Ryan: Well, to take a look at both of these, they were there was a lot of similarities between wanna cry and not petty, but one of the primary differences between them I think, was the intent and the final goal behind both of them. Both of them leveraged heavily an exploit chain known as eternal blue, which was recovered from the NSA through the Shadow Brokers exploit and leak campaign. It was a protocol issue with with SMB, which is Server Message black on a very high level. In most cases, it’s used for file access back and forth through a file system. In a lot of cases, most people leverage SMB primarily for sharing file shares and things across networks. And that’s where it opens up a lot of interconnectivity between systems, which was heavily leveraged to exploit the worming capability of the tool which is what made wanna cry and not petty are both extremely devastating, not just because of what they were capable of doing at their core, which is either encrypting files for ransom in the case of wanna cry or more, brutally encrypting the files for ultimate wiping and destruction, which was kind of more the case with not Petya. They both leveraged that same level of exploit to be able to worm fast and effectively from system to system to make sure that not only were they effective at accomplishing their goal, but they would do so on as widespread of a scale as possible.

Brian:   You’re listening to the Fearless Paranoia podcast, we’re here to help make the complex language of cybersecurity understandable. So if there are topics or issues that you’d like Ryan and I to break down in an episode, send us an email at info@fearlessparanoia.com or reach out to us on Facebook or Twitter. For more information about today’s episode, be sure to check out Fearless Paranoia.com We’ll find a post for this episode containing links to all the sources research information that we have cited to you. And also check out our older posts and podcasts as well as additional helpful resources for learning about cybersecurity. Now, back to the show.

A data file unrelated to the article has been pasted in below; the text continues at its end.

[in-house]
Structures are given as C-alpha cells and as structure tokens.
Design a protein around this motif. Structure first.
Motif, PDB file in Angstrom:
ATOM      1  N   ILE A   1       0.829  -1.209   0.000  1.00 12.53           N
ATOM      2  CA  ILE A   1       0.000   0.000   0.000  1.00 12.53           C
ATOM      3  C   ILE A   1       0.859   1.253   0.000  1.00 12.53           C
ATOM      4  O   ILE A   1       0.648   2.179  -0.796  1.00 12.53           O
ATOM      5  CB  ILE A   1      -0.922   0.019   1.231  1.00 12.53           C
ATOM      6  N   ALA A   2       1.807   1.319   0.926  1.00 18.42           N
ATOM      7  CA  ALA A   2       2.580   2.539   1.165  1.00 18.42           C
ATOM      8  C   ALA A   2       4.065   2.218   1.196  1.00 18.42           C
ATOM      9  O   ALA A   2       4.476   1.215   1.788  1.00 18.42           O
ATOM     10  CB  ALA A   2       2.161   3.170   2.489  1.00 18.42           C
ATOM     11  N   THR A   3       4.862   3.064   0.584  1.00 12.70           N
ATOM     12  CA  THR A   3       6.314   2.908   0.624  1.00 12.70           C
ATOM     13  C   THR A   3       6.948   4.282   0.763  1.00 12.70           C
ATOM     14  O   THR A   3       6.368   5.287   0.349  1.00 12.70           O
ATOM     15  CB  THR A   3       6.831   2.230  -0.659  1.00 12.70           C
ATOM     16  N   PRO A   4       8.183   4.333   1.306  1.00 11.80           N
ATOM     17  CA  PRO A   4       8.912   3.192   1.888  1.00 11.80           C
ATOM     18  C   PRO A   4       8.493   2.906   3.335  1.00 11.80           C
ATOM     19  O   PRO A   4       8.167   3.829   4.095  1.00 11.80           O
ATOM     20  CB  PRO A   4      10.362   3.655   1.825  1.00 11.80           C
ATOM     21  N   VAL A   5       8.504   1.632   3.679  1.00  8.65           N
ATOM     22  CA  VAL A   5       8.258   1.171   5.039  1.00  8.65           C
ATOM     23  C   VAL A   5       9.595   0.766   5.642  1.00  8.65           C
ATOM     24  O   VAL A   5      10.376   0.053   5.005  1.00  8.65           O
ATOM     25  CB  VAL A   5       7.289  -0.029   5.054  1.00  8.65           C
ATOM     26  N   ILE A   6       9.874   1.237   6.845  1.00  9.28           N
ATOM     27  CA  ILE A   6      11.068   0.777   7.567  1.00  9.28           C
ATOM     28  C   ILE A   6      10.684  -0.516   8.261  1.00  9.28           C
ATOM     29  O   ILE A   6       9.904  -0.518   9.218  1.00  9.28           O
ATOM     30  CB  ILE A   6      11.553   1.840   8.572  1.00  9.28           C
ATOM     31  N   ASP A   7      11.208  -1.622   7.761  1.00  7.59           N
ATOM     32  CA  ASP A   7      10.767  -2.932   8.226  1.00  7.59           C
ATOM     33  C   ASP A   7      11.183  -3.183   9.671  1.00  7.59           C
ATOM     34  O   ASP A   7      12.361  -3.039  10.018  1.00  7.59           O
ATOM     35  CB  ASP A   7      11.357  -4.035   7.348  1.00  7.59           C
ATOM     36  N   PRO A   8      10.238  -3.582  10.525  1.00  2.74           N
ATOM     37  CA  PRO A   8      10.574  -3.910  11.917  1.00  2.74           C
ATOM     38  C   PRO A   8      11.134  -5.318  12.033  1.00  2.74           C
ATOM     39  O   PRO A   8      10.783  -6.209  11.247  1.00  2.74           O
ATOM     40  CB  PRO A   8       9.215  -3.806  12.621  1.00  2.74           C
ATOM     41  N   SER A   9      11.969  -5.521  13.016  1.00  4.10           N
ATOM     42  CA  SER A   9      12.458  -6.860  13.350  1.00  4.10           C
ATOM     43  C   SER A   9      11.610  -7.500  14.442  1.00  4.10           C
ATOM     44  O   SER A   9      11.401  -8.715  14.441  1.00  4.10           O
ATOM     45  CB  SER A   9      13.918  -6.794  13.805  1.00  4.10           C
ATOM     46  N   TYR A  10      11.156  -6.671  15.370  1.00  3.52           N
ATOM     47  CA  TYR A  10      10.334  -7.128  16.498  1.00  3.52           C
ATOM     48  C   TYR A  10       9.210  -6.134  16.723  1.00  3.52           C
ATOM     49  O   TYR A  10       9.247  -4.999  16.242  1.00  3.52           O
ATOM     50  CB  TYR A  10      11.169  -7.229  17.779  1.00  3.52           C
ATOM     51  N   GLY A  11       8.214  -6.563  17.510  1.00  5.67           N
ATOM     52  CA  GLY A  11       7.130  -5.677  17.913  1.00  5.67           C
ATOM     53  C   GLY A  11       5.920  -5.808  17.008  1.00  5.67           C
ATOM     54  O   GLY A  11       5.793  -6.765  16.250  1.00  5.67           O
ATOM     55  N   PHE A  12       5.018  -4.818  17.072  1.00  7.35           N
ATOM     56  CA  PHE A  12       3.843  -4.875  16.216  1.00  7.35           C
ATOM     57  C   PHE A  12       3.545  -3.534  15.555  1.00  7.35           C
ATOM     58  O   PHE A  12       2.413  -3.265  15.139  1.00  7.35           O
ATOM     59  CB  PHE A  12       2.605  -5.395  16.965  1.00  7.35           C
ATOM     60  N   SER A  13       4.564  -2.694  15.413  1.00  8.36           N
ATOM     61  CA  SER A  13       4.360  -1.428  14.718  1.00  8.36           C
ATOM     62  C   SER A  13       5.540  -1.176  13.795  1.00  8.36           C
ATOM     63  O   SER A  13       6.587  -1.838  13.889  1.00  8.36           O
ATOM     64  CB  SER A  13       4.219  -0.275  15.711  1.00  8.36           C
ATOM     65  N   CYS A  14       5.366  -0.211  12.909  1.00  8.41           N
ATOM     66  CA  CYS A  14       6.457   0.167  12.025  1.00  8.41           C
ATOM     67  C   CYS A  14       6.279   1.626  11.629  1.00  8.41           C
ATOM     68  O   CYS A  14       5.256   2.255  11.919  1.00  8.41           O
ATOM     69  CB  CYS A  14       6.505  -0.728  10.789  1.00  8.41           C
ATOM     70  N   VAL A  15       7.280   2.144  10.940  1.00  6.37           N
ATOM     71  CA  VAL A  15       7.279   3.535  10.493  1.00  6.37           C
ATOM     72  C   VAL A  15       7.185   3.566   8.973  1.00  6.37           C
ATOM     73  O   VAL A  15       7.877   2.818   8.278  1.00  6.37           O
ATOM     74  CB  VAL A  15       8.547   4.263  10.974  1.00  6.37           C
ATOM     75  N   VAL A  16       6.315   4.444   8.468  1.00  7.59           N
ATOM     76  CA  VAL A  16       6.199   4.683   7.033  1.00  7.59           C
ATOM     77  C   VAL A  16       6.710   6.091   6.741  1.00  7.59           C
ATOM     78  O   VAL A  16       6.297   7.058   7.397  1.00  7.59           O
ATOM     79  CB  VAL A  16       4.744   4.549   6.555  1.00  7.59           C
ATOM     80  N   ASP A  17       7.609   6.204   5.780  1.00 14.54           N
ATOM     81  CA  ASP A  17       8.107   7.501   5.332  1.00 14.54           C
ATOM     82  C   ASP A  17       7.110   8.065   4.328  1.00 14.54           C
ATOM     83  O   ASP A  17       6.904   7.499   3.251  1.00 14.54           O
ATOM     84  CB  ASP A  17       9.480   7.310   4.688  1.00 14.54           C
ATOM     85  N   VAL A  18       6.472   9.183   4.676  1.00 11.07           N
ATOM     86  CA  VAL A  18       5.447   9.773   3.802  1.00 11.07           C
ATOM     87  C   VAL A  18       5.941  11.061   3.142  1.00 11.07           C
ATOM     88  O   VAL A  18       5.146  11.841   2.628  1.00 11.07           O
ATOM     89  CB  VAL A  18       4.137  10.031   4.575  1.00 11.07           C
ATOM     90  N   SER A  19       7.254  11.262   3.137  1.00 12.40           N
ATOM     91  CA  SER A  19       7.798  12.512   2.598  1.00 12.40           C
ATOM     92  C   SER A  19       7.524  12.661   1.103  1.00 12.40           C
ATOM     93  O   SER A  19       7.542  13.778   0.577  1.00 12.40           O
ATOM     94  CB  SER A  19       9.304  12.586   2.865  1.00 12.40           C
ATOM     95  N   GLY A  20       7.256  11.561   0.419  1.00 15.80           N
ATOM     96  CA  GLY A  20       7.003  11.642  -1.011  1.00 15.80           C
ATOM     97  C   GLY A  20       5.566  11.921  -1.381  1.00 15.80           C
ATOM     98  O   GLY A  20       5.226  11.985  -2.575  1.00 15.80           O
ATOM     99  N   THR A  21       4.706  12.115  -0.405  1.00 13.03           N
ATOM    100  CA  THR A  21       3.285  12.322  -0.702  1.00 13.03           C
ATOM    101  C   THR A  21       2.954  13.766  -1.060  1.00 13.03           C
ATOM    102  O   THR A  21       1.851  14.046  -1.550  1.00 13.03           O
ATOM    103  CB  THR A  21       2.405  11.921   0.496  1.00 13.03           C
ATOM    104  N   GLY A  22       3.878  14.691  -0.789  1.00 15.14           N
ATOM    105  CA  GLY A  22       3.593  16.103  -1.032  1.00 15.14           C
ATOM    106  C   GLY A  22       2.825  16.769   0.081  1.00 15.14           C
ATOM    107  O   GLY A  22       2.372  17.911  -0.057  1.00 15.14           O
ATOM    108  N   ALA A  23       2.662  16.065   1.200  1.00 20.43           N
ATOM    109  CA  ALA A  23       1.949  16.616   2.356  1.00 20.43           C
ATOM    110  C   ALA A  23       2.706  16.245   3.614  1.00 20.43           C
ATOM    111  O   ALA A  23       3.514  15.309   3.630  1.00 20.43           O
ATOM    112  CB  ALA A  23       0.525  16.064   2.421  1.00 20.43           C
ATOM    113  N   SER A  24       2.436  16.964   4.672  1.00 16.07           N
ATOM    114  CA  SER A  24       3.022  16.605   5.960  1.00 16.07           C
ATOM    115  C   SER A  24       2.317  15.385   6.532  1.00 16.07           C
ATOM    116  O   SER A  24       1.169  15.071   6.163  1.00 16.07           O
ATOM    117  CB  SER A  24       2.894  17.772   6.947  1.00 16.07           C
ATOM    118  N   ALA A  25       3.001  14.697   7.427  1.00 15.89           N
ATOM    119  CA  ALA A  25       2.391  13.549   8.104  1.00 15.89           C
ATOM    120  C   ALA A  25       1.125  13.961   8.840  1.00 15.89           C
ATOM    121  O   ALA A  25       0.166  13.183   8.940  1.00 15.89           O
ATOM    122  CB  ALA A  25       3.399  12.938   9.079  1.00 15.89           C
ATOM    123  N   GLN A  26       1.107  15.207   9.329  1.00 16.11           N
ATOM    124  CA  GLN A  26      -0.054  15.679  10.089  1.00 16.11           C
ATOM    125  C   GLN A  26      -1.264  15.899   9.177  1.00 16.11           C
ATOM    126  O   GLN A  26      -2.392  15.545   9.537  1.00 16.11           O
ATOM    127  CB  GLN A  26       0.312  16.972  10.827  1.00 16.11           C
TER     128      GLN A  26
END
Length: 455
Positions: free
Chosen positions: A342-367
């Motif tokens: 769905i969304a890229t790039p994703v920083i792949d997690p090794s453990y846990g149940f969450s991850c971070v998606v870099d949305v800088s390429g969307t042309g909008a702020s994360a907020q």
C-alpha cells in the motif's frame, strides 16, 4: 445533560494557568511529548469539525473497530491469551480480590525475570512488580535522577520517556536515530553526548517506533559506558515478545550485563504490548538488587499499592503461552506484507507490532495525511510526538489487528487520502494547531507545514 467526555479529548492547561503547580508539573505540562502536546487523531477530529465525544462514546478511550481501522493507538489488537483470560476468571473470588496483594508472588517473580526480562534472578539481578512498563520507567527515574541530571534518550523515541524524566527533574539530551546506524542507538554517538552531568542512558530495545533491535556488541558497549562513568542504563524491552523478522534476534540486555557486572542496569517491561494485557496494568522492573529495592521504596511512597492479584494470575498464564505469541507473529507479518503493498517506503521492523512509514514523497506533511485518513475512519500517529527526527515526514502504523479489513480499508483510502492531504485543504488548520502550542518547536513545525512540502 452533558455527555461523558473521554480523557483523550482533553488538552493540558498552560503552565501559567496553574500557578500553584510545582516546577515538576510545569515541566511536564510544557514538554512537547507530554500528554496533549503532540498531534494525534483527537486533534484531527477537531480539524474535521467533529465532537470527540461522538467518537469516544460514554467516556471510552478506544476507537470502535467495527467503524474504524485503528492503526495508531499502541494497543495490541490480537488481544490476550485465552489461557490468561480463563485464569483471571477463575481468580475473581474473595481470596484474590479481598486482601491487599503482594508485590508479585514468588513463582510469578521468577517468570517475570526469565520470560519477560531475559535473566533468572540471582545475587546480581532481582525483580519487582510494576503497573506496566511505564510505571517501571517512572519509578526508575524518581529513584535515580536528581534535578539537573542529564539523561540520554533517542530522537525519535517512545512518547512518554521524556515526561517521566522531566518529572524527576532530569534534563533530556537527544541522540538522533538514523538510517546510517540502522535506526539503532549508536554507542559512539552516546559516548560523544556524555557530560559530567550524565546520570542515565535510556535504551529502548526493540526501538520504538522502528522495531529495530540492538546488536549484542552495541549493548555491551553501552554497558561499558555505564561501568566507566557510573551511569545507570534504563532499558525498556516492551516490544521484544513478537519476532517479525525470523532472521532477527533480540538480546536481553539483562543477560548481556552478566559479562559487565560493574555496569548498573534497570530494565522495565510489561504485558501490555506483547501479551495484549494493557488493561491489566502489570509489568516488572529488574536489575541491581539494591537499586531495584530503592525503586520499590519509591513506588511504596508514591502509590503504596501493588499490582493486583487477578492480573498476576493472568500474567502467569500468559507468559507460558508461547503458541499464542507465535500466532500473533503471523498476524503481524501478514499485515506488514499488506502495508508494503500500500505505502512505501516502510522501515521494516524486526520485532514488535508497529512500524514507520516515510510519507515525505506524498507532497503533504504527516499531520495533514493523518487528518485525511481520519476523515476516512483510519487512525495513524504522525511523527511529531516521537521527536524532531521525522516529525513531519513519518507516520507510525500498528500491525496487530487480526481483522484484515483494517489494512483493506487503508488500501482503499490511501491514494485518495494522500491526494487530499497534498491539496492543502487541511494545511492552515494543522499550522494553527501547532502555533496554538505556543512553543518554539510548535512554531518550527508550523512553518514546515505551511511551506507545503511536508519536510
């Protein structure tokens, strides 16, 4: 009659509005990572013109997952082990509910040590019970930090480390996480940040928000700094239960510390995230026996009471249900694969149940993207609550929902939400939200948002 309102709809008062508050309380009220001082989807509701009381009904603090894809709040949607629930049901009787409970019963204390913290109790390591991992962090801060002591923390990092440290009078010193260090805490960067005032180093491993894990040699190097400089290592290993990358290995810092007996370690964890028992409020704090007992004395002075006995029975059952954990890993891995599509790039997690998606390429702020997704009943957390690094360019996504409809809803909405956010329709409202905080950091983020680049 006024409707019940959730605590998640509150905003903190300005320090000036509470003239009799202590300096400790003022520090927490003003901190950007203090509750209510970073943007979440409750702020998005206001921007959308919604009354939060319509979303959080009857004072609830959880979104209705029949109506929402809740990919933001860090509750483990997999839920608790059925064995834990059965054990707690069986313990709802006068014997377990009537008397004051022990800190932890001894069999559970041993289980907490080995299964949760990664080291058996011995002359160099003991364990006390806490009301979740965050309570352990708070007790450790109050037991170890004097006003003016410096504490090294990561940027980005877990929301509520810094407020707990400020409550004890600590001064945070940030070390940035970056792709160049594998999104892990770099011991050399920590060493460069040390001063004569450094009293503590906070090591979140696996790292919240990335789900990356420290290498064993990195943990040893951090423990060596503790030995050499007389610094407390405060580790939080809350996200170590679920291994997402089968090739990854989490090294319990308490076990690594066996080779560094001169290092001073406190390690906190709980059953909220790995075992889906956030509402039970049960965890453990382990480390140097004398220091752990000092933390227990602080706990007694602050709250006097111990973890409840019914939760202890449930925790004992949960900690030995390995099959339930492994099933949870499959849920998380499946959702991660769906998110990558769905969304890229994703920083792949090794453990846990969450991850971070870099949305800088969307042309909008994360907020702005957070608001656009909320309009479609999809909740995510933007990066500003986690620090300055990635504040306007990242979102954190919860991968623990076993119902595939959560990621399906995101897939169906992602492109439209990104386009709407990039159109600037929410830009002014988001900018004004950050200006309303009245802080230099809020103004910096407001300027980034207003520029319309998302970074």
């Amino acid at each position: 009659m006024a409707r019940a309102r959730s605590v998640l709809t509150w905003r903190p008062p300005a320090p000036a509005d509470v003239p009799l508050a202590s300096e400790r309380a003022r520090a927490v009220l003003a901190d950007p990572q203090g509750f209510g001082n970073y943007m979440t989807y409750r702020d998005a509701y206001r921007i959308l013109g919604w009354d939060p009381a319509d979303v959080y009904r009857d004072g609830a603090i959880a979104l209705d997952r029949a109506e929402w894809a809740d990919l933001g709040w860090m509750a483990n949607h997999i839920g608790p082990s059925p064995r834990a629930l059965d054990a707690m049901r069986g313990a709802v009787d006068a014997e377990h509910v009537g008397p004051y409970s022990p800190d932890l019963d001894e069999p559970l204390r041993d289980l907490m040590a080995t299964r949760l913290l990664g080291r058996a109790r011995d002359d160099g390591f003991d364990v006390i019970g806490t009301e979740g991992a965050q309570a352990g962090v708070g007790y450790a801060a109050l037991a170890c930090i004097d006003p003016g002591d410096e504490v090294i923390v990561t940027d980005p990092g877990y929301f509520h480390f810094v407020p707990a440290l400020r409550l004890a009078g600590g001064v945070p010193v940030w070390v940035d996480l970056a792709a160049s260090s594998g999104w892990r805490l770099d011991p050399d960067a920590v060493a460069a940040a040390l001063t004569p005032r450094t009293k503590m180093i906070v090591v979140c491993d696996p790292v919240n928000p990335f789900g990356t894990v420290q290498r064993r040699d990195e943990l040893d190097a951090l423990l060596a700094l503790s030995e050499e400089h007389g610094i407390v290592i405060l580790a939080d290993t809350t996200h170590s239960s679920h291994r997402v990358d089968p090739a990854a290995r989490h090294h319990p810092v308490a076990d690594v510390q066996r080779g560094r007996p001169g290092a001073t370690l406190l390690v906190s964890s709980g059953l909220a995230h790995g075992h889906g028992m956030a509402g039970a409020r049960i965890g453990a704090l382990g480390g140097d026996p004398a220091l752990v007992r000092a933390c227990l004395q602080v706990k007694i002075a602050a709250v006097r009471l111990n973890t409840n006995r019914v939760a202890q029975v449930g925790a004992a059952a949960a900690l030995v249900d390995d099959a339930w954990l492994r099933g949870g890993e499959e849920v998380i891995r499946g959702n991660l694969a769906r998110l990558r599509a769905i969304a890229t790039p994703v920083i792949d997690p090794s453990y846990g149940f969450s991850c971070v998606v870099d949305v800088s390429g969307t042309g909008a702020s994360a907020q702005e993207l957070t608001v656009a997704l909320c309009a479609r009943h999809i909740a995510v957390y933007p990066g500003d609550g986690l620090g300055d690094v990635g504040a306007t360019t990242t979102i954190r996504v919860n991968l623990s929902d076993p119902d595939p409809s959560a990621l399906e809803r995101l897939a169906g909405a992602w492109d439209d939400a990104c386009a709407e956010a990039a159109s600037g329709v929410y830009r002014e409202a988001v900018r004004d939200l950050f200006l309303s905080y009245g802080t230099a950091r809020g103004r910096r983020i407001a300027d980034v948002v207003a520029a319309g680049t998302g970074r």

Brian: I know that recently there’s been some additional, there’s been some there’s always new ransomware and new whatever tools but there’s a tool that came out recently and several researchers have been discussing the the idea that it’s nation based primarily because of the complexity of the virus itself. It doesn’t necessarily achieve a more significant or greater end result if it’s successful. But it seems that one of the common links between these nation state attacks is the complexity of the virus. Is that the case? And why is that the case?

Ryan: Yeah, I think the complexity behind some of these not even necessarily just complexity behind malware, but behind the complexity of the entire attack chains that are being assembled now kind of shows that there’s a distinct difference in the threat actors that are out there. A lot of us in the in the IT cybersecurity or even some just the broader industries are familiar with the term script kiddies where you grab any person with some basic level it knowledge, they’ll get a hold of a tool and start throwing it around to see what happens with it. And there’s some tools that can be pretty brutal at that level. However, they’re not usually sophisticated and most well defended perimeters, enterprises, etc, are able to quickly shrug off most of those because they’re known threats. And again, there’s no change in the configuration. It’s a very default style attack malware. And the delivery mechanisms again started very simply, they’ve slowly got more complex on how they propagate on how they attack. But now there’s even bigger attack chains being assembled. And that level of complexity really speaks to having a lot of funding, it speaks to gathering and being able to employ and maintain some pretty intense talent to be able to piece these pieces together. It involves, frankly, for the most part, it involves some theft of knowledge from others, whether that’s leveraging open source tools in ways that they weren’t intended. Or again, like in the case of eternal blue, North Korea didn’t develop the technology on their own, they somehow found a way to exfiltrate that from the NSA, who had internally either developed the tool or again had picked it up are procured through some other means that story